They had talked endlessly about defence before the first of their serious provincial examinations on this six-week tour, but when the British and Irish Lions arrived last night at the scene of South Africa's mighty triumph in the 1995 World Cup – Nelson Mandela and all that – they swept away the locals with the majesty of their attack. Thirty-nine points in the opening 40 minutes, many of them inspired by Brian O'Driscoll, was just reward for a performance rich in vision and invention.
One touch early in the second period from O'Driscoll, back on duty here in Johannesburg after being used and abused so cruelly by the All Blacks in New Zealand in 2005, captured the spirit of the tourists' approach, which was immeasurably more assured than their dismal effort in Rustenburg at the weekend. O'Driscoll flicked a sublime blind pass to Stephen Jones that so befuddled the hosts' midfield that rugby seemed no longer to be merely the art of the possible. A try was the result, but it was O'Driscoll's imagination that took the breath away.
He was far from alone in tripping the light fantastic. Jamie Roberts, his midfield partner, built on an impressive Lions debut in Rustenburg by making an almighty mess of the Golden Lions centres, Jannie Boshoff – make that Jannie Boshed – and Doppies La Grange. Tommy Bowe roamed far and wide to striking effect, and with Alun-Wyn Jones and Tom Croft rampaging across broad acres at the head of the forward pack, the tourists had their opponents beaten all ends up.
By close of play the hosts were utterly demoralised, to the extent that James Hook and Stephen Ferris, two substitutes, were able to run 60-odd metres for tries that took the tourists' tally to 10. They have been playing these opponents in their various guises – Transvaal, Gauteng – since 1891. Never before have they won with anything like such contemptuous ease.
"We showed a lot of accuracy, made good tactical decisions, and when we created the space, we finished well," said the head coach, Ian McGeechan, who will count this among his more rewarding Lions experiences. "It's given us a sighter of what is possible here if we do things well. We'll have to lift ourselves another level over the next three weeks, but the important thing for us is to feed off each performance."
And what a performance they will gorge on ahead of this weekend's difficult match in Bloemfontein. The Golden Lions had spent the previous few days in a state of turmoil: one sacked coach, one threatened strike by the players, one fit of pique at a perceived snub by the Springbok hierarchy, who chose only a couple of their number in a 28-man squad for the forthcoming Test series. Yet there was always the suspicion that these trials and tribulations would strengthen their resolve rather than weaken it, and when the flanker Cobus Grobbelaar led out his team at express pace, it may have been the fastest entry since the Boks' famous cavalry charge at Port Elizabeth a quarter of a century ago.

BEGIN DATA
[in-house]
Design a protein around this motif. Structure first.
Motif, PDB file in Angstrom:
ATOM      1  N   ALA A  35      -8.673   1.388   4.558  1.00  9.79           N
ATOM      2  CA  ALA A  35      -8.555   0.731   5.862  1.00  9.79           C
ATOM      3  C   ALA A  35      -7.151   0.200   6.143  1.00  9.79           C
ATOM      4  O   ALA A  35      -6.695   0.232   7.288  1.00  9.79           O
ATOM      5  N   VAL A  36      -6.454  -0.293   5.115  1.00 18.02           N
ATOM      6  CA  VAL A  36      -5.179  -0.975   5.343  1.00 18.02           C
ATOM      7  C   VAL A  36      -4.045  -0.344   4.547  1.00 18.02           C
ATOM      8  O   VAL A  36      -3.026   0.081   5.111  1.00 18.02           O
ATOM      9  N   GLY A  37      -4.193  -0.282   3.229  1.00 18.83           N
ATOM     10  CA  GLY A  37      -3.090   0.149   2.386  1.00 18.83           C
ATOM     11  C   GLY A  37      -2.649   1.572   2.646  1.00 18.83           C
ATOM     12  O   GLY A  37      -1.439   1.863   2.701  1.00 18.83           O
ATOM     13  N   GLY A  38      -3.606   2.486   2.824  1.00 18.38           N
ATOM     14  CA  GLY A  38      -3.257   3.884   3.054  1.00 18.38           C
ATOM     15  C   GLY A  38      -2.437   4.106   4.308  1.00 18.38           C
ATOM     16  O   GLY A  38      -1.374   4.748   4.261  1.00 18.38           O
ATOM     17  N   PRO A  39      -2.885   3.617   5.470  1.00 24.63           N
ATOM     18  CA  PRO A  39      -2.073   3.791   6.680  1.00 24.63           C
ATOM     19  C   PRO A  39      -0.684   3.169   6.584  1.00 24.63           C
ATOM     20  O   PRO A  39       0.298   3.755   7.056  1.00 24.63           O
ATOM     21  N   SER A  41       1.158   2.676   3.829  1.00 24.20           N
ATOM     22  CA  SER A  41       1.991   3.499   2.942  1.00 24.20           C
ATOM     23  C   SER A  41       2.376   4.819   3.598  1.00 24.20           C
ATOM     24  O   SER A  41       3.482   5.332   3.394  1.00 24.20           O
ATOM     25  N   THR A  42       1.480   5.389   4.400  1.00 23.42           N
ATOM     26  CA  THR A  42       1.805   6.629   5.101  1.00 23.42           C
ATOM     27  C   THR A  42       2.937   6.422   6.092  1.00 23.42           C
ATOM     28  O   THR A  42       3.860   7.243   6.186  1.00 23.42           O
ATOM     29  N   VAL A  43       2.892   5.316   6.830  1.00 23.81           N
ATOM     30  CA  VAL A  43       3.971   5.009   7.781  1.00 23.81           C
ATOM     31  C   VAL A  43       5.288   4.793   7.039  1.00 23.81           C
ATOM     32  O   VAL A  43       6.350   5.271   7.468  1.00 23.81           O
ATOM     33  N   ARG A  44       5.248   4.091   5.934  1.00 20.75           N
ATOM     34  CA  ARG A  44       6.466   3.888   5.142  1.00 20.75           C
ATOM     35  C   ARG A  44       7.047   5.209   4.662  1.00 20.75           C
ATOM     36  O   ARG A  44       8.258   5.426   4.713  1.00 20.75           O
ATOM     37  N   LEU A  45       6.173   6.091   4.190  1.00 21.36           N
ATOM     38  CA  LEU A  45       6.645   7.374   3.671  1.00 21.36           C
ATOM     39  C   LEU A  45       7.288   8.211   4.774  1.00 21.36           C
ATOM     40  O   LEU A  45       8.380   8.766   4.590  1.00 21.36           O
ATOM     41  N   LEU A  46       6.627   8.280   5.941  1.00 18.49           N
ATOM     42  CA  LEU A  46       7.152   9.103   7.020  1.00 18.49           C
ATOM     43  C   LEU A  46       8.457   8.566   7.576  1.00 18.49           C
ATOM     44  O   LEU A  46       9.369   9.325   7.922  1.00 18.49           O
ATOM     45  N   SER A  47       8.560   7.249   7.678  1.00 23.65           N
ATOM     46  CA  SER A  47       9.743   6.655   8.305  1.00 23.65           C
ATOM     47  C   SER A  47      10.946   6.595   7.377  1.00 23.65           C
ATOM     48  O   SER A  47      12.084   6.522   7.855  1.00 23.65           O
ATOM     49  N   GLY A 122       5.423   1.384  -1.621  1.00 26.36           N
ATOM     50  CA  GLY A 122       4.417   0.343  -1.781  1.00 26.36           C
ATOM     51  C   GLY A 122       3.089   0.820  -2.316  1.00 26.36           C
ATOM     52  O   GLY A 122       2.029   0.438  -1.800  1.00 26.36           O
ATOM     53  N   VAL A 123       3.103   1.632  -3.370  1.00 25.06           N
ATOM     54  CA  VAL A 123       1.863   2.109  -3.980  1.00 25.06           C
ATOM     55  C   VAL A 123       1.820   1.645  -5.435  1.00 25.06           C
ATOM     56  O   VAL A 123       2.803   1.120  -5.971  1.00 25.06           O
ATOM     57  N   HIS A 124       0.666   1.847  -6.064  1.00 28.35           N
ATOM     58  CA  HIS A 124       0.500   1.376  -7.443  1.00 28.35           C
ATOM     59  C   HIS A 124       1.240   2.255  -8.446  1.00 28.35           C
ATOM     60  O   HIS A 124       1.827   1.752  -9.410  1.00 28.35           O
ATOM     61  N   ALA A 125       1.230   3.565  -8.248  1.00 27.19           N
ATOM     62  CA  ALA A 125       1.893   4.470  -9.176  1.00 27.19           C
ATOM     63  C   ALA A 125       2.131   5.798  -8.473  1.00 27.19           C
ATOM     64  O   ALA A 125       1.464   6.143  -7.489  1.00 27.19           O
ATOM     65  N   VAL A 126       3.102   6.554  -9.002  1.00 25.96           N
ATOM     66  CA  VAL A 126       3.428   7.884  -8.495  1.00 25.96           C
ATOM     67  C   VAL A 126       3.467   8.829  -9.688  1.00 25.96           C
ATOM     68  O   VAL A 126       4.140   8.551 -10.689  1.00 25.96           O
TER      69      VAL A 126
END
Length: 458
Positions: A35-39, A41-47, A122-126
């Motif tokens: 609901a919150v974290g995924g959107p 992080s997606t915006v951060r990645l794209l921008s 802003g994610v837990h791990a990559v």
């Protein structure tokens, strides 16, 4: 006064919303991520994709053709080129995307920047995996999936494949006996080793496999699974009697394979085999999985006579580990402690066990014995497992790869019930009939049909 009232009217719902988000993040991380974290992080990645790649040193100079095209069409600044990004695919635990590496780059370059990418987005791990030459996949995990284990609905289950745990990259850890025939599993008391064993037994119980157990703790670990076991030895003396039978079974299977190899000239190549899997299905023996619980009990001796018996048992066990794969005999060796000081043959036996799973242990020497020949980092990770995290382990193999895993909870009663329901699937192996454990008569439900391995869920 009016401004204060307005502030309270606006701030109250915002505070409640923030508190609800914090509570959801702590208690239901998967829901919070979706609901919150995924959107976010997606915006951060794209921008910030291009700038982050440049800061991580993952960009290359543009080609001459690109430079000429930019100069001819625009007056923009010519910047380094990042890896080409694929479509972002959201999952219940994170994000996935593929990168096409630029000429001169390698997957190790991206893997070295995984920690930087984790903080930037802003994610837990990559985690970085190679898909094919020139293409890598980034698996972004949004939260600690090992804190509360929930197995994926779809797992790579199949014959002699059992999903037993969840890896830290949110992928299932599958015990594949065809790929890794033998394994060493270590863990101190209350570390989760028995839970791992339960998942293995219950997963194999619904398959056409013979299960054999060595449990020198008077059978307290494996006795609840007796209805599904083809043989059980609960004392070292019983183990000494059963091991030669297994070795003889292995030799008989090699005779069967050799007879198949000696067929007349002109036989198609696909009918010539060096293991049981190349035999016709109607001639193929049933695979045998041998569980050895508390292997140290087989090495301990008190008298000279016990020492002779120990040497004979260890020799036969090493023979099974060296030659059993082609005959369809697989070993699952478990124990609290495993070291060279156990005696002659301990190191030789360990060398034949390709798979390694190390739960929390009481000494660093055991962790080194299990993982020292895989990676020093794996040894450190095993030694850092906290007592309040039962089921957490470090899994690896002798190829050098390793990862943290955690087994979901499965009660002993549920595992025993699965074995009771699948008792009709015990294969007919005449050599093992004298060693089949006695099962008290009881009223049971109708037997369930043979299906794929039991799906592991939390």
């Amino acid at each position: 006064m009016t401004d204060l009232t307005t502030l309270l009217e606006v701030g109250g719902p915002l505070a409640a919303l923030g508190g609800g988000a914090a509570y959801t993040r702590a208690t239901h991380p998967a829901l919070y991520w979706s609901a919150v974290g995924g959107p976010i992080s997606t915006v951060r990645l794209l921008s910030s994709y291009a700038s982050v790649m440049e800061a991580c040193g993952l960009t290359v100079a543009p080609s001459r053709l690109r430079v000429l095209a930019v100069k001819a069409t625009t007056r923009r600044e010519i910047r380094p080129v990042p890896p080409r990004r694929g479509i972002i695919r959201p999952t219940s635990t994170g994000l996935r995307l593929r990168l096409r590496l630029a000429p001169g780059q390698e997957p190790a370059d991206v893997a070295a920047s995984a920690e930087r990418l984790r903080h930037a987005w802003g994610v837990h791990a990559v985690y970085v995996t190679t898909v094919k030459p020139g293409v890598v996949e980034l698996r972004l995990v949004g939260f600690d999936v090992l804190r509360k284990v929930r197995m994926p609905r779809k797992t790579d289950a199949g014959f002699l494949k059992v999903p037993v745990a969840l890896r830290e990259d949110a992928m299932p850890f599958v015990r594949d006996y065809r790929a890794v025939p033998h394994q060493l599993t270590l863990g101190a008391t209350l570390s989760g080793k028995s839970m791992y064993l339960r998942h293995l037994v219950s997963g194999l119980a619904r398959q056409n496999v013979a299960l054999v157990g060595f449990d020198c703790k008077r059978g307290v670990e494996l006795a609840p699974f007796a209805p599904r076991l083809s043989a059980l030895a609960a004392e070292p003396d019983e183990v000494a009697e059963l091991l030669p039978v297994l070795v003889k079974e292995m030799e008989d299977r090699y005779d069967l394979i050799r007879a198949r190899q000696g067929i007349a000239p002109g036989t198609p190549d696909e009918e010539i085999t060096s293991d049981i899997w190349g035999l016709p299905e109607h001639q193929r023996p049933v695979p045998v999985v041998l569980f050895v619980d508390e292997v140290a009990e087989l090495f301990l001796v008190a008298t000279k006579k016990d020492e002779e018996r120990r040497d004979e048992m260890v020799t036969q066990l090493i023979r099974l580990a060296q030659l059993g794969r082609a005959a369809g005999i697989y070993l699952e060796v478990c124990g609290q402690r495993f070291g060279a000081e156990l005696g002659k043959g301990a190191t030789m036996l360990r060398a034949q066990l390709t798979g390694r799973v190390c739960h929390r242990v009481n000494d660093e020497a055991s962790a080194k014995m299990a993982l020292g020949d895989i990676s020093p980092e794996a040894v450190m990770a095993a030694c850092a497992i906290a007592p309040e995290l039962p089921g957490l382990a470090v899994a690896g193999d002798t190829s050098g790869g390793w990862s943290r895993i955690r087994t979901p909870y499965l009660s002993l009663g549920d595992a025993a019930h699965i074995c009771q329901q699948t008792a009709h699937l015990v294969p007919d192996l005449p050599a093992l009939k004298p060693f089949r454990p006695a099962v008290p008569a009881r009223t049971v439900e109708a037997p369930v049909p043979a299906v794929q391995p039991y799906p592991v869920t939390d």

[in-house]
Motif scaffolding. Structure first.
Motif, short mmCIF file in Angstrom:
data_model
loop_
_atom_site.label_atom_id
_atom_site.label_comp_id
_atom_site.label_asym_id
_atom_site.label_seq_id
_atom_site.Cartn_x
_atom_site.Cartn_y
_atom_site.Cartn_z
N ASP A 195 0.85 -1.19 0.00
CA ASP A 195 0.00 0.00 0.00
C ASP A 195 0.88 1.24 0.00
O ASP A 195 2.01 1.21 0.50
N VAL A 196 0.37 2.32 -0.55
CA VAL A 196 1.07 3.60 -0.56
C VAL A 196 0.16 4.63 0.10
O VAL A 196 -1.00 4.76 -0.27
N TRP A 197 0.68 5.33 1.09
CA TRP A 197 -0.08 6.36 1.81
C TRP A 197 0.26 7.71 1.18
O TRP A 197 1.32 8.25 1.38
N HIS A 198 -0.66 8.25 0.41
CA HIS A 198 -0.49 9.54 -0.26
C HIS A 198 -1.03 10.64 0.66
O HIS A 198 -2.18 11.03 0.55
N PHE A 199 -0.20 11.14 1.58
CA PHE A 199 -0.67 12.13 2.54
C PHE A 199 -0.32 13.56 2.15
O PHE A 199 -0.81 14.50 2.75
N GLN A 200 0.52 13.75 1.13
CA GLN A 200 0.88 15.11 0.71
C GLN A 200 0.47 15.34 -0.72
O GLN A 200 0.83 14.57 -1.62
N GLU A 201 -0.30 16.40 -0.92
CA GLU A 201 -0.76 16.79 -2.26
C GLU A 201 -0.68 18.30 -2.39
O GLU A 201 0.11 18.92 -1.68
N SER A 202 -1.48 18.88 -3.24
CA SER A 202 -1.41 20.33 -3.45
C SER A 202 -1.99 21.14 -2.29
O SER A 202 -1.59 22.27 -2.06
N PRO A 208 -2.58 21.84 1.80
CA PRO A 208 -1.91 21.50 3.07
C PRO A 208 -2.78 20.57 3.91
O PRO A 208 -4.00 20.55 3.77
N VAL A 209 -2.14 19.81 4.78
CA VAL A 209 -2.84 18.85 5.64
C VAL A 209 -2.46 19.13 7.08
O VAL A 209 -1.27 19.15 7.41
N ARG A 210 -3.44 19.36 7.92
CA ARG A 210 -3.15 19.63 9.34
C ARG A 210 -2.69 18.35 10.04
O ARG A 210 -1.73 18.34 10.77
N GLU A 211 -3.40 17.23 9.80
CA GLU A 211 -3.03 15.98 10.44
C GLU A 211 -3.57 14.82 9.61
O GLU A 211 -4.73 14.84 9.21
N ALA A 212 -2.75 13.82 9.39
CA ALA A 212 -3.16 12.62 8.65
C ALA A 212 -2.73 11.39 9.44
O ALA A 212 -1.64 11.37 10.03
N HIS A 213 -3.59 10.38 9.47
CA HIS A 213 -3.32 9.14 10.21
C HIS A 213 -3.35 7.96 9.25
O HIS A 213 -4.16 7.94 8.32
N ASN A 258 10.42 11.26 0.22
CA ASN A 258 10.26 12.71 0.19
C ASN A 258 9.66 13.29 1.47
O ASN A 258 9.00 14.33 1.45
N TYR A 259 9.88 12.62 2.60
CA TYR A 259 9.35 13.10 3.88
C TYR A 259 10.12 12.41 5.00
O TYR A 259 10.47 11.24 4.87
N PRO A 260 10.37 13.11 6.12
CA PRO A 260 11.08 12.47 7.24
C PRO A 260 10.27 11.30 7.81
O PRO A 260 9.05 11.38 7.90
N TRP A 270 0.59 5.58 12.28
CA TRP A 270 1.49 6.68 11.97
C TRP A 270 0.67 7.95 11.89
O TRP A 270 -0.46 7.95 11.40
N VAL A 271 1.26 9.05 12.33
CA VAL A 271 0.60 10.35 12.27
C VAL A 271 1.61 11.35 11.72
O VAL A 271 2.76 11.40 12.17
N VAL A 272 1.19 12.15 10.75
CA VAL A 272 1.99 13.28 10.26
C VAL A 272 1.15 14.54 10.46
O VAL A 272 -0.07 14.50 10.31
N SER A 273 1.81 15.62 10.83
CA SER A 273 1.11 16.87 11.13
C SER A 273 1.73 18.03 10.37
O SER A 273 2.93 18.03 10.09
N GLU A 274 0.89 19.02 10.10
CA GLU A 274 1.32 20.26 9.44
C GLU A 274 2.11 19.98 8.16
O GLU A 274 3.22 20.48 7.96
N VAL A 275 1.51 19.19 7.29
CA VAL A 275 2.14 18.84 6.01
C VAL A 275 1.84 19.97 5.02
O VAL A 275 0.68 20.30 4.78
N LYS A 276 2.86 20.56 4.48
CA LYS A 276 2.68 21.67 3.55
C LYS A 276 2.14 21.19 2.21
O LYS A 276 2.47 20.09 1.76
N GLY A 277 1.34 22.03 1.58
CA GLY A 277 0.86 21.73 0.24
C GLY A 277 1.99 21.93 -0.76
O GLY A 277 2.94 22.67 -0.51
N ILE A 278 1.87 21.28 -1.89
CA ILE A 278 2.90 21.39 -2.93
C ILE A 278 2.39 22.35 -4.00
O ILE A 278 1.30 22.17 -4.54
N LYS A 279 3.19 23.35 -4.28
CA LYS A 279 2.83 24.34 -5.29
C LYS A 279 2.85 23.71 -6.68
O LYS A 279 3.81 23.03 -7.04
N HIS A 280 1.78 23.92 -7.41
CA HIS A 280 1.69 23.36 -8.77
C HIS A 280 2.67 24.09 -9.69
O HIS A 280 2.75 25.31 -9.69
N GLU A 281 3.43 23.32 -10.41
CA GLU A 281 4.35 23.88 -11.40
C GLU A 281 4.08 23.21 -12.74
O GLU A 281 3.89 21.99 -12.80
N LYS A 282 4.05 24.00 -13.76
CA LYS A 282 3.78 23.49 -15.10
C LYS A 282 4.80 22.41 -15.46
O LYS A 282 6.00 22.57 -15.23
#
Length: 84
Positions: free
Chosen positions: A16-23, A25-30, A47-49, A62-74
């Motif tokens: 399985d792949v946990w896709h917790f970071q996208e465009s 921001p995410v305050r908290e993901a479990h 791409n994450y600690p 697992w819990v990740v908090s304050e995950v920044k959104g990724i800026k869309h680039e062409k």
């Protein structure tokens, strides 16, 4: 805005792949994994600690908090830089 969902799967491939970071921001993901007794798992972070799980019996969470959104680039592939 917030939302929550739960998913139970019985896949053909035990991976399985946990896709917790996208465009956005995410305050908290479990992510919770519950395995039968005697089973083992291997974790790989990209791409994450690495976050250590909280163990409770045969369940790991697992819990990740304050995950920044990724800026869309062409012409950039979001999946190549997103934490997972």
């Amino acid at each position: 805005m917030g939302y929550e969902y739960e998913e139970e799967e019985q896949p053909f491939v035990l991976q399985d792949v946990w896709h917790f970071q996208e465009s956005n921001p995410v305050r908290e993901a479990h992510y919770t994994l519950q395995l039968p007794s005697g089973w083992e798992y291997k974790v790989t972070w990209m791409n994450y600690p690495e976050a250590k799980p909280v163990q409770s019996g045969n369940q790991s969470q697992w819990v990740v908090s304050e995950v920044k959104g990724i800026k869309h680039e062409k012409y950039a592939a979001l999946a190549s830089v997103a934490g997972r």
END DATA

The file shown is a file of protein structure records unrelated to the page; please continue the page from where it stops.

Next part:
They looked unusually powerful, especially up front, yet were out of the contest inside a quarter of an hour as Roberts and O'Driscoll slashed through for early tries, both of them converted by Stephen Jones. There was better to come. After a penalty exchange between the kickers Roberts combined with Bowe up the middle and sent Ugo Monye cruising in.
A short while later, the aggressive Nathan Hines stole the ball at a ruck and the fourth try came in short order. O'Driscoll was involved, naturally, as was Bowe, and the upshot was a clear run into the distance for Croft, whose ability to cover all parts of the field had already caught the eye. When Roberts completed the first-half scoring in stoppage time, the tourists had rattled along at virtually a point a minute – a remarkable feat in a match of this calibre.
There was less to set the juices flowing after the interval, apart from Bowe running in a couple of tries – the first from that delicious O'Driscoll pass, the second from an interception. The wing also conjured a flick out of the tackle to send Monye away on another scoring gallop, but by that time, the likes of O'Driscoll and Roberts were safe and sound on the bench and they revelled in the sight of Hook and Ferris rubbing salt in a wound inflicted in South Africa's biggest city but felt throughout an entire rugby nation.
Scorers: Golden Lions: Try Frolick; Conversion Pretorius; Penalty Pretorius. British and Irish Lions: Tries Roberts 2, Bowe 2, Monye 2, O'Driscoll, Croft, Hook, Ferris. Conversions S Jones 6, Hook 3. Penalties S Jones 2.
Golden Lions: L Ludik (S Frolick, 7); M Killian, J Boshoff (W Venter, 49), G La Grange, D Noble; A Pretorius, J Vermaak (C Jonck, 68); L Sephaka (J Van Rensburg, 49), W Wepener (E Reynecke, 57), G Muller, B Mockford (T Clever, 40), W Stoltz (E Joubert, 4-14 and 57), C Grobbelaar (capt), F Van der Merwe, W Alberts.
British & Irish Lions: R Kearney (Ireland); T Bowe (Ireland), B O'Driscoll (Ireland, capt), J Roberts (Wales), U Monye (England); S Jones (Wales), M Phillips (Wales); G Jenkins (Wales), L Mears (England), P Vickery (England), N Hines (Scotland), A W Jones (Wales), T Croft (England), D Wallace (Ireland), J Heaslip (Ireland). Replacements: S Ferris (Ireland) for Wallace, 46; J Hook (Wales) for Roberts, 53; S Williams (Wales) for O'Driscoll, 61; H Ellis (England) for S Jones, 63; A Powell (Wales) for Croft, 67; R Ford (Scotland) for Mears, 67; E Murray (Scotland) for Vickery, 67.
Referee: C Joubert (South Africa).Reuse content